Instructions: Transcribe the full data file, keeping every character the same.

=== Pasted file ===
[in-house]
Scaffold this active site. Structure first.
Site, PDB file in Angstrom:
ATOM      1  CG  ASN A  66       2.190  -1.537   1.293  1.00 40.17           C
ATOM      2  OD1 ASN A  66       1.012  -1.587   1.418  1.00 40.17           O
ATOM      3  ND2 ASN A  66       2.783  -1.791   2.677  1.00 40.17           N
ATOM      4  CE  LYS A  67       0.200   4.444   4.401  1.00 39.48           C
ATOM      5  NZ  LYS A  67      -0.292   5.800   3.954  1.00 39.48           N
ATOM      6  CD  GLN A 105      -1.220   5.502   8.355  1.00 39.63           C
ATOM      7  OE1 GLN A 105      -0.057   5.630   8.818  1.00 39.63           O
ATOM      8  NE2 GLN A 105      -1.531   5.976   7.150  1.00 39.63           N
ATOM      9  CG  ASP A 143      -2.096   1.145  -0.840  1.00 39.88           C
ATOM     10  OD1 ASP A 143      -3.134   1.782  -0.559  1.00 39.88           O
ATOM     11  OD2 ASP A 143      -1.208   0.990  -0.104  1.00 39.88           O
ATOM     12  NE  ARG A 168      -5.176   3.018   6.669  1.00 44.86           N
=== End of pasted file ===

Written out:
[in-house]
Scaffold this active site. Structure first.
Site, PDB file in Angstrom:
ATOM      1  CG  ASN A  66       2.190  -1.537   1.293  1.00 40.17           C
ATOM      2  OD1 ASN A  66       1.012  -1.587   1.418  1.00 40.17           O
ATOM      3  ND2 ASN A  66       2.783  -1.791   2.677  1.00 40.17           N
ATOM      4  CE  LYS A  67       0.200   4.444   4.401  1.00 39.48           C
ATOM      5  NZ  LYS A  67      -0.292   5.800   3.954  1.00 39.48           N
ATOM      6  CD  GLN A 105      -1.220   5.502   8.355  1.00 39.63           C
ATOM      7  OE1 GLN A 105      -0.057   5.630   8.818  1.00 39.63           O
ATOM      8  NE2 GLN A 105      -1.531   5.976   7.150  1.00 39.63           N
ATOM      9  CG  ASP A 143      -2.096   1.145  -0.840  1.00 39.88           C
ATOM     10  OD1 ASP A 143      -3.134   1.782  -0.559  1.00 39.88           O
ATOM     11  OD2 ASP A 143      -1.208   0.990  -0.104  1.00 39.88           O
ATOM     12  NE  ARG A 168      -5.176   3.018   6.669  1.00 44.86           N